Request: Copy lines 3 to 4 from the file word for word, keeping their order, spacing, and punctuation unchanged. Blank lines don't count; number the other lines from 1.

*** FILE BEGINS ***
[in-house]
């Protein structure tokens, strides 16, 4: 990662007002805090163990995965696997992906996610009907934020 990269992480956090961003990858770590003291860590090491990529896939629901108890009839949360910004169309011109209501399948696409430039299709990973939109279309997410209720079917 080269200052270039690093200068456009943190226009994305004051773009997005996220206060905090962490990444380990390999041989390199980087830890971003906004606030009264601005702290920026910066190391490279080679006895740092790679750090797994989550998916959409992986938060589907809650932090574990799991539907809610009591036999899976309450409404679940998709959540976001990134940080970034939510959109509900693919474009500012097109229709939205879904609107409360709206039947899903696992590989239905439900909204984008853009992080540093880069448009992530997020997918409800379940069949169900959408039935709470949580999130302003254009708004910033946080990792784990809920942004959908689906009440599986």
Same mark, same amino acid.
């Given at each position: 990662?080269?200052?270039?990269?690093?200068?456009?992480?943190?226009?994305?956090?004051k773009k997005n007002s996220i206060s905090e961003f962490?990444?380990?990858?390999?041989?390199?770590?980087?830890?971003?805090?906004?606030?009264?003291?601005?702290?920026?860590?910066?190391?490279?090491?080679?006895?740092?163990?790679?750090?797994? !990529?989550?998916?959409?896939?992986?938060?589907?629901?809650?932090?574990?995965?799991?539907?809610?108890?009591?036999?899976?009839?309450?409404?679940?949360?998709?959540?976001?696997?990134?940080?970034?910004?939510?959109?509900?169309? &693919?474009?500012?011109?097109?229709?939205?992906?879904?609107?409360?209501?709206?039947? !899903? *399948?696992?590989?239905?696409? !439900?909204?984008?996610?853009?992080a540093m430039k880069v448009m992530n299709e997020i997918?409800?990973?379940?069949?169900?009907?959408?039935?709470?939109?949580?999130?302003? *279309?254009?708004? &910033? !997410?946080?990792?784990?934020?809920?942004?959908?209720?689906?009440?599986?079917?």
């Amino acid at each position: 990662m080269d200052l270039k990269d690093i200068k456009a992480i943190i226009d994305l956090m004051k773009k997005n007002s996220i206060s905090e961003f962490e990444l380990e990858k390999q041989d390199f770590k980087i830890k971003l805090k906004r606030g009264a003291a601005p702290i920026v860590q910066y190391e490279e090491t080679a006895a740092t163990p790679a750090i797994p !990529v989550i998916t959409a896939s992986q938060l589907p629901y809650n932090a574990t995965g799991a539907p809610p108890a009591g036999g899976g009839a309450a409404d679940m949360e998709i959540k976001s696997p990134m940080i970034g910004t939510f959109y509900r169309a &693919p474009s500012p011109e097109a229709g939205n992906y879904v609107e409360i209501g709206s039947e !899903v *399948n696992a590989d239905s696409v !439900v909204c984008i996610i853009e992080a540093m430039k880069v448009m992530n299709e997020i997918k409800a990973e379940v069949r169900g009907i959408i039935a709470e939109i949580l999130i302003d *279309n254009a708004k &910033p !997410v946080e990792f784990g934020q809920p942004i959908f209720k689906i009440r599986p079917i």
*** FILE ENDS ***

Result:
Same mark, same amino acid.
């Given at each position: 990662?080269?200052?270039?990269?690093?200068?456009?992480?943190?226009?994305?956090?004051k773009k997005n007002s996220i206060s905090e961003f962490?990444?380990?990858?390999?041989?390199?770590?980087?830890?971003?805090?906004?606030?009264?003291?601005?702290?920026?860590?910066?190391?490279?090491?080679?006895?740092?163990?790679?750090?797994? !990529?989550?998916?959409?896939?992986?938060?589907?629901?809650?932090?574990?995965?799991?539907?809610?108890?009591?036999?899976?009839?309450?409404?679940?949360?998709?959540?976001?696997?990134?940080?970034?910004?939510?959109?509900?169309? &693919?474009?500012?011109?097109?229709?939205?992906?879904?609107?409360?209501?709206?039947? !899903? *399948?696992?590989?239905?696409? !439900?909204?984008?996610?853009?992080a540093m430039k880069v448009m992530n299709e997020i997918?409800?990973?379940?069949?169900?009907?959408?039935?709470?939109?949580?999130?302003? *279309?254009?708004? &910033? !997410?946080?990792?784990?934020?809920?942004?959908?209720?689906?009440?599986?079917?």